Fresh fruit and vegetables

How do you ensure that fruit and vegetables are well preserved, given that they need to breathe?

coupe de fruits frais

Unlike most foods, fresh fruit and vegetables continue to ‘breathe’ after they have been harvested.

This process consumes oxygen and produces carbon dioxide and water vapour.

The key to keeping these packaged products ‘fresh’ is to reduce the rate of breathability without affecting the quality of the product (its taste, texture and appearance).


In general, the rate of spoilage can be reduced by maintaining a low temperature, or by creating a low level of oxygen and a high level of carbon dioxide in the protective atmosphere. However, things aren’t quite so simple…

When the amount of oxygen in the packaging atmosphere is too low, a process called anaerobic respiration occurs. This process produces undesirable aromas and odours in the product and leads to food spoilage. In addition, too much carbon dioxide can damage certain types of product or alter their taste by increasing acidity.

In addition to these considerations, the high water content of this type of food, combined with the fact that fruit is intrinsically acidic, can lead to decomposition, with the appearance of mould and the development of yeast.

The flesh can also be softened by the attack of enzymes and microbes which, over time, cause putrefaction.

Ethylene is a fruit messenger that triggers the cellular ageing process and activates neighbouring fruits to begin the process of ripening and destruction. The ethylene production process can be blocked by blocking the fruit’s metabolism through oxygen enrichment. At 80% oxygen, the fruit’s metabolism is blocked. Simply return to a normal atmosphere and enrich the atmosphere with ethylene to restart the process. This technique is used just before display. On a larger scale, the ripening rooms are equipped with air-conditioning systems.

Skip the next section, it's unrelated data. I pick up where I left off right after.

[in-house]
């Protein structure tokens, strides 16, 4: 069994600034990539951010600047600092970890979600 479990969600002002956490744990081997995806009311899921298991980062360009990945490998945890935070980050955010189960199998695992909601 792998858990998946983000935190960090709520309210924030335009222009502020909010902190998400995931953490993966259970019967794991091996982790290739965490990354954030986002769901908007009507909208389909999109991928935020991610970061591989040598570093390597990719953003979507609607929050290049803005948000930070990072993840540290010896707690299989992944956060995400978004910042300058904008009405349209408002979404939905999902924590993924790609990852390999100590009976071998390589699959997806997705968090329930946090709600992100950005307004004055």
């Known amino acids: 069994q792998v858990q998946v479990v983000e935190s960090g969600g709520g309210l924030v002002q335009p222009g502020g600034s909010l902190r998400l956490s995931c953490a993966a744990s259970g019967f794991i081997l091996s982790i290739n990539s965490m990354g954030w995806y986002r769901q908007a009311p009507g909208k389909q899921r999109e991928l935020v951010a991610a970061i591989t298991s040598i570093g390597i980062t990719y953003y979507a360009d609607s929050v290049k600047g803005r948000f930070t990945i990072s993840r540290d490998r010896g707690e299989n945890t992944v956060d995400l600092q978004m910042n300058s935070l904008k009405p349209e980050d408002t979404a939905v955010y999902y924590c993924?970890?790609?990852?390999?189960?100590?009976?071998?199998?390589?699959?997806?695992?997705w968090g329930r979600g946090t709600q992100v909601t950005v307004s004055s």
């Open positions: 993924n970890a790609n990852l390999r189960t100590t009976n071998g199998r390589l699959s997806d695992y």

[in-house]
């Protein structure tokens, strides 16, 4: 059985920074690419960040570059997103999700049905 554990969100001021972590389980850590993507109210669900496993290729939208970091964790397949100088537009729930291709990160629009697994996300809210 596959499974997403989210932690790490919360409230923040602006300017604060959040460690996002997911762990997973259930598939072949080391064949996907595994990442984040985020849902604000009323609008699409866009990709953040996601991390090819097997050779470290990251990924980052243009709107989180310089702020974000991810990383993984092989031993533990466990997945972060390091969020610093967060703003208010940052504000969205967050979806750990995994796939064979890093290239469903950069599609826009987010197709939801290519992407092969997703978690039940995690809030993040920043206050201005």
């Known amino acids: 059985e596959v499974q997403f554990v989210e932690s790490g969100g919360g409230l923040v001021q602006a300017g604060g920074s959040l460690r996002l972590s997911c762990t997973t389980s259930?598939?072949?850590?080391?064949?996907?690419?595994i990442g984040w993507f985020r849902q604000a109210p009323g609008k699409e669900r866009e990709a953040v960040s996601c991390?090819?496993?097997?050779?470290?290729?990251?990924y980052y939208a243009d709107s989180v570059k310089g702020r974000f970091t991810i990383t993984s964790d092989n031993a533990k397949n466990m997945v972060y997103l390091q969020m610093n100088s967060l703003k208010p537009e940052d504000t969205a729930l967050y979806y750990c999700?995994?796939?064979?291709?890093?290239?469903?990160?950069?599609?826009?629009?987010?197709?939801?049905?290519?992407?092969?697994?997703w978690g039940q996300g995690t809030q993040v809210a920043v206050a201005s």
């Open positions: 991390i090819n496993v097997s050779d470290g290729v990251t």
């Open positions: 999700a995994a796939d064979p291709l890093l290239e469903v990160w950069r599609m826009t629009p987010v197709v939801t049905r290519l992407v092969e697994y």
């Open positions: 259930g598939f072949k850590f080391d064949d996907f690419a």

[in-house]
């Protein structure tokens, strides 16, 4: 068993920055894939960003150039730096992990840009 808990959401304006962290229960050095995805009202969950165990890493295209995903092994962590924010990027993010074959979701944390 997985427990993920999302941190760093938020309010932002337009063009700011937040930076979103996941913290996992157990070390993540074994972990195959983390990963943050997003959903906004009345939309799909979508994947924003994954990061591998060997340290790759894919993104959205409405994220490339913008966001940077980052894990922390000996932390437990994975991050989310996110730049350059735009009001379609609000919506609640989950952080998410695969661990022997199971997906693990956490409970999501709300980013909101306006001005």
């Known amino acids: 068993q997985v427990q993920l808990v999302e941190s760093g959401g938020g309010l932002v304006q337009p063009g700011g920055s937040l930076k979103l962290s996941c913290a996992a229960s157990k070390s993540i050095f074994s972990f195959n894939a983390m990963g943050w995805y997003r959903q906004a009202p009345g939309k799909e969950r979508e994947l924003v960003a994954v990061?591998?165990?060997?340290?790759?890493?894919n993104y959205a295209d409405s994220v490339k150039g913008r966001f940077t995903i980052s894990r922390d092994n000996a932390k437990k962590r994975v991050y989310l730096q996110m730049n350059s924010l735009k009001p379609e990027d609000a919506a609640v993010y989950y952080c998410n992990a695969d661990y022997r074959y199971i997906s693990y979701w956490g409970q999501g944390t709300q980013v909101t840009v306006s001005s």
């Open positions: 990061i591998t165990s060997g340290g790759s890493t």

Ethylene starts to affect fruit at 400 ppm.


The packaging material used for fruit and vegetables is particularly important, as is its permeability and breathability.

If produce is enclosed in a hermetically sealed container, oxygen will be lacking and there is a risk that it will develop undesirable anaerobic conditions.

On the other hand, if the material is open, the protective atmosphere escapes and no benefits are obtained.

The aim is to achieve a state of equilibrium to produce a balanced protective atmosphere or EMA.

Example: In certain applications such as endives, micro-perforated films are used to obtain a defined exchange threshold between the atmosphere inside and outside the sachet, and thus avoid colour changes and deterioration of the film.


Here, oxygen and carbon dioxide can pass from inside to outside the container and vice versa, so that oxygen consumed inside the container is replaced by oxygen from outside; the carbon dioxide level is maintained in the same way.

Another advantage of the protective atmosphere is that it reduces the fruit or vegetable’s natural production of a gas called ethylene, which speeds up the ripening process.

In a mixed salad container, for example, a typical EMA could be made up of 5% oxygen, 15% carbon dioxide and 80% nitrogen.

This can extend the shelf life of the product by up to eight days, whereas if it were exposed to air, the shelf life would be limited to just four or five days.

A protective atmosphere can have a powerful effect on the brown pigmentation of cut fruit and vegetables, potatoes and apples, resulting from oxidation produced by enzymes released when the flesh is damaged. In these cases, a mixture of carbon dioxide and nitrogen in the packaging can prevent brown pigmentation for several days, rather than a few minutes or hours without protection.

Recommended equipment for quality control of fruit and vegetable packaging

Thanks to its ability to analyse gas and leakage in the same sample, the EXOS is well suited to a particularly technical field that combines several types of packaging for fresh produce. The EXOS’s ability to give a leakage value is perfectly suited to measuring the breathability of micro-perforated films, as demonstrated by the APEF.